Such marked changes had the effect of severing all rational links with religion. The intellectual efforts now were to be confined to a literal reading of the Text. In fact, the intellect itself was isolated from religion, which was ?intellectually guarded? and could be activated only by those ?ulama? who possessed the right knowledge; or who had the privilege of thinking on behalf of the rest of society. In other words, they, and they alone, were allowed ?intellectual tutelage?. Thus the gates of ijtihād were closed, creating a mentality throughout Muslim society which took every word of the Text at face value and followed its dictates. This approach was applied, in particular, to the use of qiyās, in which contemporary matters were analysed with reference to past events. However, that was where difficulties could arise, for although the current problem might be the same as one dealt with long ago, the circumstances of each were likely to be very different.

Thus began the disastrous dissolution between intellect and the Shari?ah, that is, between the intellect and life. Religion and culture were moving apart, marking out the path for the withdrawal of Islam into isolation, where it would be practised as a defensive religion with a protective shield, namely, the threat of extremism. When practised in this way, it became fanatical and immoderate extremist against the ?other?, whether the ?other? was Muslim or not, and severe against the ?self? when criticizing its imaginary sins.

In addition, the cultural and intellectual lethargy and decline of Muslim society were exacerbated by serious political instability in the Eastern region of the Muslim world. During the fifth and sixth centuries AH, the region was occupied by the Seljuqs and their relentless wars against the Buwayhids, which resulted in devastation, and then the Mongols and the Tatars wars against Muslims, who razed Baghdad to the ground, thus destroying the centre of a great culture. This destruction was followed by the wars of the First Crusades. Finally, the role played by the Turks of the Ottoman Empire delivered the death knell to the once intellectually inquisitive and self-confident Islamic civilization.

The Ummah witnessed the rise of numerous famous scholars and thinkers, in particular, Ibn Rushd (Averroes), Ibn Hazm in Andalusia, and Ibn Khaldun among others. Nevertheless, they were unable to prevent, despite their many valuable contributions to Islamic heritage, the inevitable decline of the Ummah that was the consequence of intellectual stagnation.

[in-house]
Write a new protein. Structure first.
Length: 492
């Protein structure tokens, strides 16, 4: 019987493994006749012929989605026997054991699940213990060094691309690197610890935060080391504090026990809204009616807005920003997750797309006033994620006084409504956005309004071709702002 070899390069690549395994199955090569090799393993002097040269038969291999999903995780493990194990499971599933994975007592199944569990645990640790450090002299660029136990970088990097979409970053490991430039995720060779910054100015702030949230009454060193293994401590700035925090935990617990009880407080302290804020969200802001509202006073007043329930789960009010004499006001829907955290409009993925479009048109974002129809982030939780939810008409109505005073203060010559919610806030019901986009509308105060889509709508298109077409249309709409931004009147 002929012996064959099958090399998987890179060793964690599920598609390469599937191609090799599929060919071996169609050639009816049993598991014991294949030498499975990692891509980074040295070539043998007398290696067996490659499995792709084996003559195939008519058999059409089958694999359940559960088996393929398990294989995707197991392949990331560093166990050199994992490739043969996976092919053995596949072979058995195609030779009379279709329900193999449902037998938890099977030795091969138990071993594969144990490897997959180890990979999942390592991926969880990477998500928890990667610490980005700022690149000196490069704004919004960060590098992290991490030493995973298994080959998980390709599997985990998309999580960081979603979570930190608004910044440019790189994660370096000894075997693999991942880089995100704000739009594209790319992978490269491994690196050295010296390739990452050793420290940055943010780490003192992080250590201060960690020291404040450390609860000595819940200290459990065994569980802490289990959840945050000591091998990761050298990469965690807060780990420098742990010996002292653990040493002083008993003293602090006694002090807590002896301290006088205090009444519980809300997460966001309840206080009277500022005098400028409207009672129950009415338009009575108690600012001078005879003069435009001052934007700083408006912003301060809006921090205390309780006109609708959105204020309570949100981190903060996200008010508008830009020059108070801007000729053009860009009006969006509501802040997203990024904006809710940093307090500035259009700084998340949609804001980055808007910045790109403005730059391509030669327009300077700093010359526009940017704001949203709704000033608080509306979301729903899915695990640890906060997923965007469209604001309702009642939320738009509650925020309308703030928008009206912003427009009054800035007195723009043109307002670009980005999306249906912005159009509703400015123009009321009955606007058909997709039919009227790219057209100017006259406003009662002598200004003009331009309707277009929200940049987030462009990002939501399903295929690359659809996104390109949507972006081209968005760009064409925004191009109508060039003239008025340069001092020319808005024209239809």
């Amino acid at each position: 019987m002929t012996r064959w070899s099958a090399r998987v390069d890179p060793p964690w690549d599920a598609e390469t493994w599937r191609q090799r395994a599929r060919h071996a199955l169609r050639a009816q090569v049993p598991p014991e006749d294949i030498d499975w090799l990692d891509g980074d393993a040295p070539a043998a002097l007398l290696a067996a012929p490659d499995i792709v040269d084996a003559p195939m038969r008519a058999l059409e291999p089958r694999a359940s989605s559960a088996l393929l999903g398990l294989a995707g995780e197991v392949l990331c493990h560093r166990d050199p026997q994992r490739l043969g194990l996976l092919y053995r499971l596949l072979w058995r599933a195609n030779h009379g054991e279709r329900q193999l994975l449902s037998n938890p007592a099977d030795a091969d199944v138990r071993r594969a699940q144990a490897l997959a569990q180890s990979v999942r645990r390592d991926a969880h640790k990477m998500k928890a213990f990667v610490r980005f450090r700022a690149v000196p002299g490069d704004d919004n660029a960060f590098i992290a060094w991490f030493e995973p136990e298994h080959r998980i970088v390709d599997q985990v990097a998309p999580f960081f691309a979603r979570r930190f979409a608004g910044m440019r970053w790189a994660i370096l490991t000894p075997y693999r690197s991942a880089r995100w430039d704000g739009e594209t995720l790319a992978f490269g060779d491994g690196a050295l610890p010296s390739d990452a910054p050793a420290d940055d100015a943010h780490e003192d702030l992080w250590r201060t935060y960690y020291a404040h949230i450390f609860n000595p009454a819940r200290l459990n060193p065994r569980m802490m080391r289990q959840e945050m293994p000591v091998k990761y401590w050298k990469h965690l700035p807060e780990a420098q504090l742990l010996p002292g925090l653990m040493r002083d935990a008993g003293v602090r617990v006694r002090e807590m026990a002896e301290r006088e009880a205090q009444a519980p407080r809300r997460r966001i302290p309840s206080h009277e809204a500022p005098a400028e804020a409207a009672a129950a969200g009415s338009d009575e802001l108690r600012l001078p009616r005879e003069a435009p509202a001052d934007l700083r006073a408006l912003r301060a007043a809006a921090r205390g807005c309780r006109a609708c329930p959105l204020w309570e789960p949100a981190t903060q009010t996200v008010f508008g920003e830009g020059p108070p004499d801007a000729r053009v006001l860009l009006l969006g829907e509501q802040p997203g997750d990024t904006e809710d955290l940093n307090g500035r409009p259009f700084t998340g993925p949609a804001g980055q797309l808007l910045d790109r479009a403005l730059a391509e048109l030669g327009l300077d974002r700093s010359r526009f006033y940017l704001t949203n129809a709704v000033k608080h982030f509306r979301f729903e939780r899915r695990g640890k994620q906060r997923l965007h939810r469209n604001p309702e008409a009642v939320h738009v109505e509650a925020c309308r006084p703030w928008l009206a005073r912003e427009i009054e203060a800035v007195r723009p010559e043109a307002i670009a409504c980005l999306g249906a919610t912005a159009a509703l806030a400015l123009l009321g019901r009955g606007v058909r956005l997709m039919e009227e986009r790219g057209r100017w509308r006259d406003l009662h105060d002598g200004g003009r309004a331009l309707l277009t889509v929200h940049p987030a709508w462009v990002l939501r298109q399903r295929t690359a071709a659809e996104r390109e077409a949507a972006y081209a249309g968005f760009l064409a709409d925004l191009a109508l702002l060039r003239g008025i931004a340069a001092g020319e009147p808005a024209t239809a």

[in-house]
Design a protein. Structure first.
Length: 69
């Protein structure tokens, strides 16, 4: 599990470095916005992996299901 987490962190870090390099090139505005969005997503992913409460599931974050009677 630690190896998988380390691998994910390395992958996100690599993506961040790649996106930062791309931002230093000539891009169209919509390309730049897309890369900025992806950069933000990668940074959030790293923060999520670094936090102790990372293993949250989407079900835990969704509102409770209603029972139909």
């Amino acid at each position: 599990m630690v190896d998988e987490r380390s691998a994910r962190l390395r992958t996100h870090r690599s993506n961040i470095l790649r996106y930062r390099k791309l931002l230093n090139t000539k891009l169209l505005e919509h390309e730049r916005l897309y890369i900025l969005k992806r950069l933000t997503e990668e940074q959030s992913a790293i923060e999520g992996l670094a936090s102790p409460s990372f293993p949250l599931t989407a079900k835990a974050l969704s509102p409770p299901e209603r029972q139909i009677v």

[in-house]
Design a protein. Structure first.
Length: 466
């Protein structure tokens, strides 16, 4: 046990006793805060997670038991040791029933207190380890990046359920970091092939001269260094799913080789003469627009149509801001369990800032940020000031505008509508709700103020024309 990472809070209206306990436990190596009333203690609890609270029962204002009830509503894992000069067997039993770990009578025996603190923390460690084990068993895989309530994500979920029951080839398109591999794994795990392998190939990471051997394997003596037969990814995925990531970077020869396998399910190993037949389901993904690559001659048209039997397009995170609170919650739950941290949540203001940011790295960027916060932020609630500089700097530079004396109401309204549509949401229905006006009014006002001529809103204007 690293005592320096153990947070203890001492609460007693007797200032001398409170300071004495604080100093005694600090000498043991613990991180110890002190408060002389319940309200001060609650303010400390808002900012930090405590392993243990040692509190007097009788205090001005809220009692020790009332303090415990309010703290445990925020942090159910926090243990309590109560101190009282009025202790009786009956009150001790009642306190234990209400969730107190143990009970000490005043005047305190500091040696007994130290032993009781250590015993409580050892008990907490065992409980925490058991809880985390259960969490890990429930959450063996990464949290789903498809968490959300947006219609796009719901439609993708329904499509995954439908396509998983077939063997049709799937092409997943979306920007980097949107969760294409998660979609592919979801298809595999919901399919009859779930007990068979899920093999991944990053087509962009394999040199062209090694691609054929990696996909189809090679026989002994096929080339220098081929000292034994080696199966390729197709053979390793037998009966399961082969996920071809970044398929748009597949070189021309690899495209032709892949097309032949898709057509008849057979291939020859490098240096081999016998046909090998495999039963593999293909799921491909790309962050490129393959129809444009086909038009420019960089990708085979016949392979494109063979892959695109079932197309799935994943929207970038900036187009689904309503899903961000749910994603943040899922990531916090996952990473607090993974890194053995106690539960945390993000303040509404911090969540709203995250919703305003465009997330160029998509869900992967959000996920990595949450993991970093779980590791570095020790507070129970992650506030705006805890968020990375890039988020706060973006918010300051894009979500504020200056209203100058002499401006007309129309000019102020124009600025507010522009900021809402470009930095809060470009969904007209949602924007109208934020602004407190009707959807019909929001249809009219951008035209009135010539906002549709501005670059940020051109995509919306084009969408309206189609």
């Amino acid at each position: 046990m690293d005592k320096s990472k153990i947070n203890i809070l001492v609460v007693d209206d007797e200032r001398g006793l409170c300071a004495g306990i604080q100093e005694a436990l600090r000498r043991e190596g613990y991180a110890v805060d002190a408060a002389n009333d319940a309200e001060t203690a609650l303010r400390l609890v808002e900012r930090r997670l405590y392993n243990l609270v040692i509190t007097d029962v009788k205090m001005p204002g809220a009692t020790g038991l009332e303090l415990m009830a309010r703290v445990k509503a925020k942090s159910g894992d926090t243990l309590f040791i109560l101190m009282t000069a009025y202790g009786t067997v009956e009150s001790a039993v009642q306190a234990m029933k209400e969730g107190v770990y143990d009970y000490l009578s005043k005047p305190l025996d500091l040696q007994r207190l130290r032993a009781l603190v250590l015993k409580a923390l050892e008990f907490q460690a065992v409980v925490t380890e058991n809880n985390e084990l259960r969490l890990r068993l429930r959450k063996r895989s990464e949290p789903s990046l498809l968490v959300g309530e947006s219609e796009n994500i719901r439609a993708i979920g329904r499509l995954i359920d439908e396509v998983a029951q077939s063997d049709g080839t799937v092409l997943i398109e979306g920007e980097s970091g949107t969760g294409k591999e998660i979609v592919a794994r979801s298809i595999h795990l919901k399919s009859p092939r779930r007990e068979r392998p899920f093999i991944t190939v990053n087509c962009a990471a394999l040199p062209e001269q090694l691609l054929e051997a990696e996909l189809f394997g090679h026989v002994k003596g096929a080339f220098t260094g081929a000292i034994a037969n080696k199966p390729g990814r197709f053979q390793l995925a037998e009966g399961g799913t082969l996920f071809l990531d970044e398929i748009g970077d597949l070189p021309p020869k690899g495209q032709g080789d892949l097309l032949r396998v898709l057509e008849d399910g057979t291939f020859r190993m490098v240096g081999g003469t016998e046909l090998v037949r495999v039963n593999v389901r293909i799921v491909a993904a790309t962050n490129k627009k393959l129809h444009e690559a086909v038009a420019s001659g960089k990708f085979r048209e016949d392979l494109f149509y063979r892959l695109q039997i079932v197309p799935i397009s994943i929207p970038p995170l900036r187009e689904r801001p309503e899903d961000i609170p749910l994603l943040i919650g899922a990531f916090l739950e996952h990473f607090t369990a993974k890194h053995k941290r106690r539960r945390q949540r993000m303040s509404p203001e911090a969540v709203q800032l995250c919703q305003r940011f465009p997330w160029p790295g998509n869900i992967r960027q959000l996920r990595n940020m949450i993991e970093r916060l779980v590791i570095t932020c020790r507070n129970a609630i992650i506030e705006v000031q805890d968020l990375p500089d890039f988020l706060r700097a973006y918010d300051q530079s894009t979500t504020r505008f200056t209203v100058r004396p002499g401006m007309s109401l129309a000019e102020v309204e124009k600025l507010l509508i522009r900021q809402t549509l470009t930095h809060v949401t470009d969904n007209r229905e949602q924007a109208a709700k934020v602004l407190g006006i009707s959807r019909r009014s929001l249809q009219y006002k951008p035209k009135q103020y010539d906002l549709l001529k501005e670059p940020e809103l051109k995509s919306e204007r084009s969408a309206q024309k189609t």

This period of military activity, sometimes settled, at other times very unsettled, was distinguished for its hereditary monarchs, whose heirs were culturally illiterate and uninterested in promoting critical commentaries on intellectually demanding and creative works. Instead, they depended on a shield of religious severity to maintain their authority over their people. During this period, there was also a predominance of the nomadic element among the foreign states. It was especially noticeable among the Seljuqs and the Mongols, whose lack of civilization and culture increasingly influenced the Ummah. It is believed that the penetration of the heart of the Muslim/Arab world by the Mongols from Western Asia,  together with harsh environment of the huge expanse of the Arabian Desert, intensified the tribal customs and attitudes that persist today.

The purging of everything considered un-Islamic in the thought and practice of the society was followed by he ?purification? of Islam itself. The absence of the rational inquiry and the predominance of the literal reading of Textual dictates contributed towards the decrease in the interaction of the human element and the Text. The Qur?an was no longer at the centre, with its influence radiating in all directions, interacting with the human intellect and the changing circumstances of human society, and thus enabling a positive advancement in human civilization. Instead, it came to a rigid, impermeable sphere which imprisoned the human imagination and creativity itself.  These negative developments prepared the Muslim world for a long period of decline, especially after the bitter experience of the Ottoman Empire, which continued into the early twentieth century. Although there appeared new imams who seemed to have new ideas based on modern circumstances, in reality they were only repeating what had been said in the fifth century AH, since they were using the same old epistemological patterns and tools.